Wiki Education’s technology team is consistently updating the Dashboard to run more smoothly and to better suit the needs of the thousands of people who utilize it. As part of our mission to improve its open source code in a sustainable way, we engage young developers in contributing their own improvements to the Dashboard. If you’re interested in learning more about our mentorship program, read Director of Technology Sage Ross’ reflections on running a newbie-friendly open software project here.
We’re excited to announce a new feature to come out of one of these mentorships. Thanks to Google Summer of Code intern Pratyush Singhal, the Dashboard now has a tool to help students and instructors find Wikipedia articles to work on. The Article Finder is available under the Articles tab on any Dashboard course page.
When you search a keyword in the tool, you’ll see a list of relevant articles. You can filter the results by quality, completeness, and how many page views the article receives per day. To maximize the impact of your contribution, we recommend that you look for articles related to your topic that are low quality, incomplete, or read by a lot of people.
The Article Finder tool is useful both for courses in which instructors choose articles for their students to work on as well as those where the students are charged with finding topics themselves. For more in-depth guidance on finding articles, we’ve developed a training module for both instructors and students, that walk through the process in more detail.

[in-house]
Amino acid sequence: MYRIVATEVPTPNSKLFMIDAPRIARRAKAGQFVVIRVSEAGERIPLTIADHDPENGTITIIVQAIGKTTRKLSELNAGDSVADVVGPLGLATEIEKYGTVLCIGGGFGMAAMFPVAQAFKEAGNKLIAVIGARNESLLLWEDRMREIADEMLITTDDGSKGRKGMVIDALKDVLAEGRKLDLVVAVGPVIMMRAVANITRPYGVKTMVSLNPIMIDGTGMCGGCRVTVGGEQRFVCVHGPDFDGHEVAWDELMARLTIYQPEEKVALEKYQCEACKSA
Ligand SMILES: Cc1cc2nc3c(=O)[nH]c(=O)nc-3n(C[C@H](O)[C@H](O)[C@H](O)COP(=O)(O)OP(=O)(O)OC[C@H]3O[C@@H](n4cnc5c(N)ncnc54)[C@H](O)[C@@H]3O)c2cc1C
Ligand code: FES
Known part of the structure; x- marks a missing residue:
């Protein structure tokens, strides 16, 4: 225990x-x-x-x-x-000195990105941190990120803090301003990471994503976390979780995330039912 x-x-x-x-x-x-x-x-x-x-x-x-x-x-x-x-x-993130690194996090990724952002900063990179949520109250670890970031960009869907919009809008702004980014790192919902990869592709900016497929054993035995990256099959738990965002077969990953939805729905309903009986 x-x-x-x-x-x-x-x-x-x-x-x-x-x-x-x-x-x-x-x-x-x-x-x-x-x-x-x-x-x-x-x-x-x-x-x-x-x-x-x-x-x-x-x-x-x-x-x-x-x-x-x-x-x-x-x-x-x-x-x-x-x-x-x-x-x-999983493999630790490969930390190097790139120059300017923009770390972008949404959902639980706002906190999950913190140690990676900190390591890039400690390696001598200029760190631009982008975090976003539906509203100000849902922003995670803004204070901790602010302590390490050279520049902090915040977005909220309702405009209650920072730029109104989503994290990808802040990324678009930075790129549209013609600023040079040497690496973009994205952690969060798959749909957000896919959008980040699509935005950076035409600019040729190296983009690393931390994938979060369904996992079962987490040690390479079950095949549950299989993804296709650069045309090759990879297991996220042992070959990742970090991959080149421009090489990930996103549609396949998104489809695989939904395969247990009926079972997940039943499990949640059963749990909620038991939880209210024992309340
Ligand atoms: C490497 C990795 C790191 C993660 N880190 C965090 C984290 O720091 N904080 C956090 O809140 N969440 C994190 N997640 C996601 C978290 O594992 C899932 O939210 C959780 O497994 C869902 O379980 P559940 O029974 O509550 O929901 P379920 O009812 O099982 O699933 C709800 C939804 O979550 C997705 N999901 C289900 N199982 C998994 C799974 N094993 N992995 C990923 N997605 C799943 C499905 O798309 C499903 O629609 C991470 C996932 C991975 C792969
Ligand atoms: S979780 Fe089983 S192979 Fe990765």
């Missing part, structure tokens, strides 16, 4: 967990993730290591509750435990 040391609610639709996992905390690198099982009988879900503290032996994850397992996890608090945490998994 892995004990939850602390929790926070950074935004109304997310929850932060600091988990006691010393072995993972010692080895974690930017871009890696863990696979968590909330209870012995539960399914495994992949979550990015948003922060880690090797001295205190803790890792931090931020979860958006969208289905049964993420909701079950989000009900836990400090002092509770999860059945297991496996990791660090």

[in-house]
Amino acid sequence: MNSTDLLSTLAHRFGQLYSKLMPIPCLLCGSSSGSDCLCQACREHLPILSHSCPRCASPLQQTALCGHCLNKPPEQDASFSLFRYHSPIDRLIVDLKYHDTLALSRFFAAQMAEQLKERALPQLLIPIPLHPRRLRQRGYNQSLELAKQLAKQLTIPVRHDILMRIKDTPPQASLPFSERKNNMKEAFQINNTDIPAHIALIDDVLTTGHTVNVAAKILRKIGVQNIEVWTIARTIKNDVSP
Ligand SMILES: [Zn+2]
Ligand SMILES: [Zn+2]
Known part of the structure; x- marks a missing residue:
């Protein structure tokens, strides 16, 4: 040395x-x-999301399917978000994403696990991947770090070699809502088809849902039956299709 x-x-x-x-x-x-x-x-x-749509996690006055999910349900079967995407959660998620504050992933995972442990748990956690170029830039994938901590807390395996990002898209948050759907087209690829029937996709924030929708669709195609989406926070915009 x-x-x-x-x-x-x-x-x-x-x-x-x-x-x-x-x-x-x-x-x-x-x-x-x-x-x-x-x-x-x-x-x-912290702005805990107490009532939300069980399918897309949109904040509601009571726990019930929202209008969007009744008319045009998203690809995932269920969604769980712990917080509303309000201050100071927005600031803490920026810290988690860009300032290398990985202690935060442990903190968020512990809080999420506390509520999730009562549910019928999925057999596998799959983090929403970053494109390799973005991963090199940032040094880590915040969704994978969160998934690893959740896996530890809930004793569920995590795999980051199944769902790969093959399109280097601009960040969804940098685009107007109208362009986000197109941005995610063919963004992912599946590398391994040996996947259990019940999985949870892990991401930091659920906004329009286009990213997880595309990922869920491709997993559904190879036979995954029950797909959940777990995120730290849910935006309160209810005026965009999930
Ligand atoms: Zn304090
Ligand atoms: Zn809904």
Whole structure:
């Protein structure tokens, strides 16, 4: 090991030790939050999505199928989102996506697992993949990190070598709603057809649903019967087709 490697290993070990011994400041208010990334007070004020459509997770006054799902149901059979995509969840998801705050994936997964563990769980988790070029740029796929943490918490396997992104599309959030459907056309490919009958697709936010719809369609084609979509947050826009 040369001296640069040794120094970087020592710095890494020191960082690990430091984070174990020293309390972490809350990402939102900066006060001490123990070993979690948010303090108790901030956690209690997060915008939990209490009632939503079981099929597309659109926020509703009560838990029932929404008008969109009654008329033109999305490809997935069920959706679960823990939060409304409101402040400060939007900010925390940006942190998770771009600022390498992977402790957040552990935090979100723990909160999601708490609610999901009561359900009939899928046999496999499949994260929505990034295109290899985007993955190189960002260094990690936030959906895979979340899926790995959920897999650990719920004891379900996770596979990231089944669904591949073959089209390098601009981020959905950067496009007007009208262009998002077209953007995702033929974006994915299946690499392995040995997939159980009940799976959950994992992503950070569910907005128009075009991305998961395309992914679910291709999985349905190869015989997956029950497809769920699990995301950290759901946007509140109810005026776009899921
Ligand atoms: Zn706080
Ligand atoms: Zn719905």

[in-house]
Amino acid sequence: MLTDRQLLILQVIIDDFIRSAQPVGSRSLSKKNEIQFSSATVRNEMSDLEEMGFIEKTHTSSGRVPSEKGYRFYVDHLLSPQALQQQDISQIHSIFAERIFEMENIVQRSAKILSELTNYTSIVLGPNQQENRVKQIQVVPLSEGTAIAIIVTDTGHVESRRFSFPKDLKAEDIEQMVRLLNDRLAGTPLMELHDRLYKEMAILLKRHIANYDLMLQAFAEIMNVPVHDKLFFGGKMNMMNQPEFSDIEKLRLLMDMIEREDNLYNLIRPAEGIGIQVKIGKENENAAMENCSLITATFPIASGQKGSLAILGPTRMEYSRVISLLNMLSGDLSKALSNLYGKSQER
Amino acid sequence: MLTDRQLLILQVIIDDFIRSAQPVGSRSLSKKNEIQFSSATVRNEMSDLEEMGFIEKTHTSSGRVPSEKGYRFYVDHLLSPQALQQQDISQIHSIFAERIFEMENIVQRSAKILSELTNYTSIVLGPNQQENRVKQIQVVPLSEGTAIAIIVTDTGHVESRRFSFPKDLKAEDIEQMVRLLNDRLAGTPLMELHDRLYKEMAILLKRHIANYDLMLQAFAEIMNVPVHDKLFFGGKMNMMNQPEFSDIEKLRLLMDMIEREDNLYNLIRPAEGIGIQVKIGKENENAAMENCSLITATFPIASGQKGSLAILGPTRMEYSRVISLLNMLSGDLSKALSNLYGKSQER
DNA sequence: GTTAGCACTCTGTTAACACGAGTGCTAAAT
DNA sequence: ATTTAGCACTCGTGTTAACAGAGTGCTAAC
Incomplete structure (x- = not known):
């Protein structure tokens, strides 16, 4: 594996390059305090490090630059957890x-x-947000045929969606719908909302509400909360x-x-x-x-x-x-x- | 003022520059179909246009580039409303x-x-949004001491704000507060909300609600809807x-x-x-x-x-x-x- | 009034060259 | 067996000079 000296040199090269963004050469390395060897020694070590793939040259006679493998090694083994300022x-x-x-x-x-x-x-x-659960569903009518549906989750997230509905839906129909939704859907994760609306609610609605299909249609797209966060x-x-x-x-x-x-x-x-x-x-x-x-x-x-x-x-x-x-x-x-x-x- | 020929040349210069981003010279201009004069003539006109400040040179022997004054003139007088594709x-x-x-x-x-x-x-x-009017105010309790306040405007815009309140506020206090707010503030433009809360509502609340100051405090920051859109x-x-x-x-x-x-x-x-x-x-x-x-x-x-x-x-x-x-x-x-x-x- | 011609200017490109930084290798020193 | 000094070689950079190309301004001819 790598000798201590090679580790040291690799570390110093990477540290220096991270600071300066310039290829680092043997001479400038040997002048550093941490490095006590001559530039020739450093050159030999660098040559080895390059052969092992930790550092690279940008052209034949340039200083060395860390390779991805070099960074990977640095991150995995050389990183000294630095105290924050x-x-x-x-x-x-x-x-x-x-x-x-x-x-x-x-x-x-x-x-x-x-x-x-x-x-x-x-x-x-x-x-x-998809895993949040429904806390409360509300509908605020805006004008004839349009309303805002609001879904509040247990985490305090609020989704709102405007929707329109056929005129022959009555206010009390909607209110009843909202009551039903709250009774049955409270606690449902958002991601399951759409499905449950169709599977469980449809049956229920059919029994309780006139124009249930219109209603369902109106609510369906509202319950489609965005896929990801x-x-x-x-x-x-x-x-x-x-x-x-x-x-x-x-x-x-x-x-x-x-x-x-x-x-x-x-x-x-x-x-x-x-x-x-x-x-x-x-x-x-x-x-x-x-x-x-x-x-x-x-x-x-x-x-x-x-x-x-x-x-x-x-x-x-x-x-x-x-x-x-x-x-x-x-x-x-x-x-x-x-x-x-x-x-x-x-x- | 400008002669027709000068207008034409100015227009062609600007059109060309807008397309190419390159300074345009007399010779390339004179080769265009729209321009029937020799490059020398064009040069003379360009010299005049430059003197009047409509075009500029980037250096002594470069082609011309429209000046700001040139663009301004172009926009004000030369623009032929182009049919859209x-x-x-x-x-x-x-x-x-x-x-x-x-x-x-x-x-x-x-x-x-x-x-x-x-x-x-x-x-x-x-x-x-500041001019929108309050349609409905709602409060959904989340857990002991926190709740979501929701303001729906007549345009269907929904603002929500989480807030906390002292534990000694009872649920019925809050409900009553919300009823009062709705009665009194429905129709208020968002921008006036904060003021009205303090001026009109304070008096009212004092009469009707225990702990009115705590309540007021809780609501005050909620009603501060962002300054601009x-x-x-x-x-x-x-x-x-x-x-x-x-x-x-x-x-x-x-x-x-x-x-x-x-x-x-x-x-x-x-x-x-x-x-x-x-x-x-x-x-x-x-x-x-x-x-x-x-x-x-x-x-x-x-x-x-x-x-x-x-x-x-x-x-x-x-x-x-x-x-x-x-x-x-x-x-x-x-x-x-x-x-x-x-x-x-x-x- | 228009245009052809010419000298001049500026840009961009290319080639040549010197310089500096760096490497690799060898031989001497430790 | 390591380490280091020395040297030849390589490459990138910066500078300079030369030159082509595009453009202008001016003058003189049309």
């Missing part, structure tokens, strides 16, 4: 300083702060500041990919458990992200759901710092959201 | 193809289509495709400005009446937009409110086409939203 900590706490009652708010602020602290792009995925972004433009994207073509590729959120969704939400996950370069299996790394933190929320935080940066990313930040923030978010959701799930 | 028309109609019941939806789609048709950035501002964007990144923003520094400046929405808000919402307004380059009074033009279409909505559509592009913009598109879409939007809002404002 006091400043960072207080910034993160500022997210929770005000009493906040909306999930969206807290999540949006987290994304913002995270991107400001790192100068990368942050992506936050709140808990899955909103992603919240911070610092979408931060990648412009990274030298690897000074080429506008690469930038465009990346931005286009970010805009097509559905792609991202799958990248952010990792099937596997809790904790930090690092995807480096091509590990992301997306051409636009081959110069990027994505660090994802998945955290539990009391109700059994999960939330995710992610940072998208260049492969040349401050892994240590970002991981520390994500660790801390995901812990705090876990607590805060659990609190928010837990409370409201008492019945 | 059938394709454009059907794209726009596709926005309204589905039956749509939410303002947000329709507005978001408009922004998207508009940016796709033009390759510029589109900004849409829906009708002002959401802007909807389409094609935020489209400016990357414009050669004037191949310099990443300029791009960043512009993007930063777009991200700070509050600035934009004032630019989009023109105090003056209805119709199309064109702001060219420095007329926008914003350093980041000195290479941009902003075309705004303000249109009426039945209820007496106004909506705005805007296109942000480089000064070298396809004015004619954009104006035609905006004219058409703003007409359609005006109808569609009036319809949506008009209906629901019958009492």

If you have questions or would like to learn more about the Dashboard, reach out to firstname.lastname@example.org.
2 thoughts on “New tool identifies Wikipedia articles ripe for improvement”
Great tool, but you could significantly improve the readability/usefulness, and avoid teaching people that false precision (https://en.wikipedia.org/wiki/False_precision ) is acceptable, if you changed the last two columns. The figures those columns should be integers (and, ideally, had no more than two significant digits).
For example, I did a search on “Radiology”. The first article listed has average views per day of 970.23. If it had 970.24, or 970.22, instead, would that make any difference to the reader? Obviously not, which means that there is at least one unnecessary digit. And it’s completeness score is 62.95; would the reader make **any** decision differently if the score were 63 instead?
And, as is, it’s more difficult to mentally compare numbers – consider how a person would compare 2.22 versus 44. (It’s much easier to conclude that one number is roughly 20 times the size of the other if the numbers were 2 versus 44.) Or, for completeness scores – comparing two-digit numbers is much easier than comparing four-digit numbers (essentially, mentally, one has to discard the last two digits before getting to a meaningful comparison).
Finally, ***alignment***. The numbers in the last column aren’t aligned; they should be.
Thanks John! Good points. I’ve added issues for both the rounding and the alignment, and we’ll get them fixed soon I expect.